On October 24, after unseating Cyrus Mistry as chairman, the board of Tata Sons Ltd issued a statement in which it said a new chairman would be named within four months (by February 24). It added that the chairman would be chosen by a selection committee comprising five members: Ratan Tata, interim chairman; Venu Srinivasan, chairman of the TVS group; Amit Chandra, managing director of Bain Capital; Ronen Sen, ex-diplomat; and Sushanta Kumar Bhattacharyya, founder of the Warwick Manufacturing Group.
Some analysts said the holding company of the $103 billion Tata group already had a candidate in mind. That wasn’t the case, although several names, including some that had previously done the rounds before Mistry was named chairman in 2011, did the rounds again.
Three people familiar with the goings-on in the Tata Group over the past few months said that at least in the initial days following 24 October, the board was busy strategising its response to Mistry, who, contrary to expectations, refused to go quietly.
Apart from the selection committee, they added, NA Soonawala, vice-chairman of Tata Trusts, which own a majority stake in Tata Sons, and RK Krishna Kumar, an old-time Ratan Tata confidant and a Tata Trusts trustee, were closely involved in discussions on the next chairman.
None of the three wished to be identified given the nature of the discussions.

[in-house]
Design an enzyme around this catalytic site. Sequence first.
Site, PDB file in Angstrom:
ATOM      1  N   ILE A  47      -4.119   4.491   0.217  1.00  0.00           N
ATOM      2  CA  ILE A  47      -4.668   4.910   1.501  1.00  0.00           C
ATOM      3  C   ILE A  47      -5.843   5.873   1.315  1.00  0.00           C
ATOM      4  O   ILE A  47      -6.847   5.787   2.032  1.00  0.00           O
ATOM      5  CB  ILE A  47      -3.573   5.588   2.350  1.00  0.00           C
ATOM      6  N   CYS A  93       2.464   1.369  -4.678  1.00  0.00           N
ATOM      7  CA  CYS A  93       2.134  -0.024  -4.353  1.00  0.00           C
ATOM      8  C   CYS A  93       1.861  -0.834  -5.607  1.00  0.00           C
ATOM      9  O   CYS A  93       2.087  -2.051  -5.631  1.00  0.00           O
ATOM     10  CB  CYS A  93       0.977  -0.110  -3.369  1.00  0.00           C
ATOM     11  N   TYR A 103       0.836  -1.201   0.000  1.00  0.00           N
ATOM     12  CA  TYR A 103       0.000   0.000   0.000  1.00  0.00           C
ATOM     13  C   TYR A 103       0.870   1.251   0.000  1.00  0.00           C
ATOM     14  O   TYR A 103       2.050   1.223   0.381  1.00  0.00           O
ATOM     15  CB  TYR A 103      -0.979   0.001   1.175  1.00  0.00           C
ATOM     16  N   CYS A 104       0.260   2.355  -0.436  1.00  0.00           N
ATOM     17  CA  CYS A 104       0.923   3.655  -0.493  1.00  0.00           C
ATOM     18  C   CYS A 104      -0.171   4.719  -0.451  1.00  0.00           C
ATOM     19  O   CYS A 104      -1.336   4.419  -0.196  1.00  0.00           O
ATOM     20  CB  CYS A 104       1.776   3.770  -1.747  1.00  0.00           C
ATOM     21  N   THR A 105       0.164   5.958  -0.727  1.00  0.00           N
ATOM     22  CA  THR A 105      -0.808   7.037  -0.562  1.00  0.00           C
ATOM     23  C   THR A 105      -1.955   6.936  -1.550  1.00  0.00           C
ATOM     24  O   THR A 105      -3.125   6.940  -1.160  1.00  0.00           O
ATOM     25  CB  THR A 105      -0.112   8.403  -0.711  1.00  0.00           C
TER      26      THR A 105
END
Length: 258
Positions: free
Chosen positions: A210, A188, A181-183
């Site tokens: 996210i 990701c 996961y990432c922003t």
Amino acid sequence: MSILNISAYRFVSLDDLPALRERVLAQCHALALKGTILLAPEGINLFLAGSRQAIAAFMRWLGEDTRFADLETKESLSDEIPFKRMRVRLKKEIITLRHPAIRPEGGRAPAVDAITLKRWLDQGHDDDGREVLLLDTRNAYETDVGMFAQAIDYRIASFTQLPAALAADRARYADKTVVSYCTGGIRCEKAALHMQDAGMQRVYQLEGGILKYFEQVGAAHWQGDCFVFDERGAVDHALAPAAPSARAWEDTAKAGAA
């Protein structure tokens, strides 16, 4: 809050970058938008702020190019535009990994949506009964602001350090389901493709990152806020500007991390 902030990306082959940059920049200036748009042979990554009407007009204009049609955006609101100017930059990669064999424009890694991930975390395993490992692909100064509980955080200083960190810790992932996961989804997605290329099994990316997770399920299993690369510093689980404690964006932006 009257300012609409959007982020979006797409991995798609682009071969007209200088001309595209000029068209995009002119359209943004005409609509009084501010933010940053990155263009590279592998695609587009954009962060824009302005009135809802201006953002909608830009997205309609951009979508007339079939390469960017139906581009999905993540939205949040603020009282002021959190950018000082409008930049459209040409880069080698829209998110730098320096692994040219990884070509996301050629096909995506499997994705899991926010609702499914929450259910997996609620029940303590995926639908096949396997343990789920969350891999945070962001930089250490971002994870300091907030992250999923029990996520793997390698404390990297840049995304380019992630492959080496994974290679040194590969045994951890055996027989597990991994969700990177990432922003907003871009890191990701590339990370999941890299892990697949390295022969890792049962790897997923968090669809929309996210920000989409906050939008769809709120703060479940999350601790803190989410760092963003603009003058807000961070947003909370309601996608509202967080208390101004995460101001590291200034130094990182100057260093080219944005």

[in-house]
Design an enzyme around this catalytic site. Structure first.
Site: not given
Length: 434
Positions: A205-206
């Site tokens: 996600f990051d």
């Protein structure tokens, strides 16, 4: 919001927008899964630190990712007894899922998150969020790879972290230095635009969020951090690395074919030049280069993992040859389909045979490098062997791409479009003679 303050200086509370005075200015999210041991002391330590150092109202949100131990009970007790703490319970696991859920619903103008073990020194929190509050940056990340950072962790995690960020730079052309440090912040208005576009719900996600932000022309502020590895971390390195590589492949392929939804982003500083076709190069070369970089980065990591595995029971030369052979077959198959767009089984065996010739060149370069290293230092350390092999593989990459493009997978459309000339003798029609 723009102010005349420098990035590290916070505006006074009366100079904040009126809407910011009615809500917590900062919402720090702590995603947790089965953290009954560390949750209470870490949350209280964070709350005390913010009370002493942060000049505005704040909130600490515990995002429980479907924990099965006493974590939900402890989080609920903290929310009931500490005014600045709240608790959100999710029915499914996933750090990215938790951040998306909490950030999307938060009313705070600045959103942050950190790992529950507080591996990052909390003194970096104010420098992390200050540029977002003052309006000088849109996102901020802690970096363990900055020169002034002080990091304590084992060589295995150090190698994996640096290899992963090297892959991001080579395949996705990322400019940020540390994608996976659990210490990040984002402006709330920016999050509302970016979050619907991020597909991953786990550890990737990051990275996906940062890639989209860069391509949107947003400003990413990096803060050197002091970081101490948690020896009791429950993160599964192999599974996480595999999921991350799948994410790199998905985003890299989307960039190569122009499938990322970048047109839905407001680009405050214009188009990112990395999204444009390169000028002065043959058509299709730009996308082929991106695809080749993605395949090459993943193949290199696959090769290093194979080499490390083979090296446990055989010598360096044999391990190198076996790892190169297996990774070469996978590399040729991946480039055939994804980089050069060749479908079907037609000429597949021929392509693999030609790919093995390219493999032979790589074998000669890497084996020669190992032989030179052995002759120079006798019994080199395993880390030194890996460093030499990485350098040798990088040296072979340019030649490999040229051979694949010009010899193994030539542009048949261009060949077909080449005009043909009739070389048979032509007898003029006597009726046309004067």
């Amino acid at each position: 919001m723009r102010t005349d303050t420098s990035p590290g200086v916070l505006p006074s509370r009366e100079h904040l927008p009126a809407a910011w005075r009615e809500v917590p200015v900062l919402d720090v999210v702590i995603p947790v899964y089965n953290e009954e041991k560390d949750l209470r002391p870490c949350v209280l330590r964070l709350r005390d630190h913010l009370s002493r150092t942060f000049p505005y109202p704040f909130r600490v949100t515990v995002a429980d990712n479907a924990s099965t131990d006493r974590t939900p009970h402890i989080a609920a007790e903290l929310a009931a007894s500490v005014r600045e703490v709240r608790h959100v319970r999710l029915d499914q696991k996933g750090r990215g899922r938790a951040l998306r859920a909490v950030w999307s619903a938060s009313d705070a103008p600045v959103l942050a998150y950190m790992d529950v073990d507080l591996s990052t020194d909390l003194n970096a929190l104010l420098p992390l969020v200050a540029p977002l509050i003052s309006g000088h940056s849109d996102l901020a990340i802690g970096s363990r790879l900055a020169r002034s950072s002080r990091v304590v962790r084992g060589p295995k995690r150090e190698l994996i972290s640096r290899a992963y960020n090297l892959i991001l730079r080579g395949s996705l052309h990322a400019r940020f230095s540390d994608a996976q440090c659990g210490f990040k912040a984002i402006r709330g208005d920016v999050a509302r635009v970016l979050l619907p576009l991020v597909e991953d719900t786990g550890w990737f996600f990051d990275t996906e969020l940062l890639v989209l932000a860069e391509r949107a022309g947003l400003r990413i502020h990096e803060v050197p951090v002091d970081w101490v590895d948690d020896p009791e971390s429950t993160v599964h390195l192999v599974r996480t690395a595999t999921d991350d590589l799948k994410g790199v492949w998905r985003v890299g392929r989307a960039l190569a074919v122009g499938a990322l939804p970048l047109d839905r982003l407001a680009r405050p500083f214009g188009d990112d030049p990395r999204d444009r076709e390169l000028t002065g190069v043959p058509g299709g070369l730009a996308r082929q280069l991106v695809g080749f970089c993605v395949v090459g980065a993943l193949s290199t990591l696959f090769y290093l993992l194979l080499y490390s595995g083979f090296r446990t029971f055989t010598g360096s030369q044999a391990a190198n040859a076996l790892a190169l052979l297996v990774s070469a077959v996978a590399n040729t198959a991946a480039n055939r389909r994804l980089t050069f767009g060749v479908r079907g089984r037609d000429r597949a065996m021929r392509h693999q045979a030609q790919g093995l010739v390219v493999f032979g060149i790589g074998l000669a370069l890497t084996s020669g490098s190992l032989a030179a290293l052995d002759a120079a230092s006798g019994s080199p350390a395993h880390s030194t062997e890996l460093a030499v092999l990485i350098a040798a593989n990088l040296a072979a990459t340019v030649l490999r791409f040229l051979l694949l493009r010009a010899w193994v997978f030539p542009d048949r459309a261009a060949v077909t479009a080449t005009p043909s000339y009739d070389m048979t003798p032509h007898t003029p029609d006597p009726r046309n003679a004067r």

A Tata Sons spokesperson said no one other than the selection committee was involved in the process.
The discussions revolved around whether the group should pick a local candidate or a foreign one and possible internal candidates, one of the three people said.
Krishna Kumar had been maintaining a low profile since Mistry’s ascent to the top, but he played an important role in the selection process, a second person said. Both he and Soonawala suggested names, this person added.
Tata and Krishna Kumar were keen on a professional candidate, internal or external. Among the names discussed were Ralf Speth, the CEO of Jaguar LandRover, Natarajan Chandrasekaran, the CEO and MD of Tata Consultancy Services Ltd, and Harish Manwani, the non-executive chairman of Hindustan Unilever Ltd (HUL). The selection committee thought any of them would be a good chairman, two of the three people said.
Manwani was a strong candidate, the third person said, but he lost out on account of age, and the fact that he wasn’t an internal candidate which both people on the selection committee as well as Soonawala, and Krishna Kumar, thought would help, especially given the controversy surrounding Mistry’s exit and its fallout. Tata was very keen on a (relatively) younger chairman, this person added. Chandrasekaran is 53, Manwani, 64.
“The selection committee unanimously chose Mr. Chandrasekaran. The question of a contender does not arise. Neither Mr Soonawala nor Mr Krishna Kumar expressed any views at all,” the spokesperson added.
Ultimately, Chandra’s track record at TCS, his equation with Ratan Tata, and the almost unanimous feeling that he wouldn’t rock the boat like Mistry did, worked in his favour.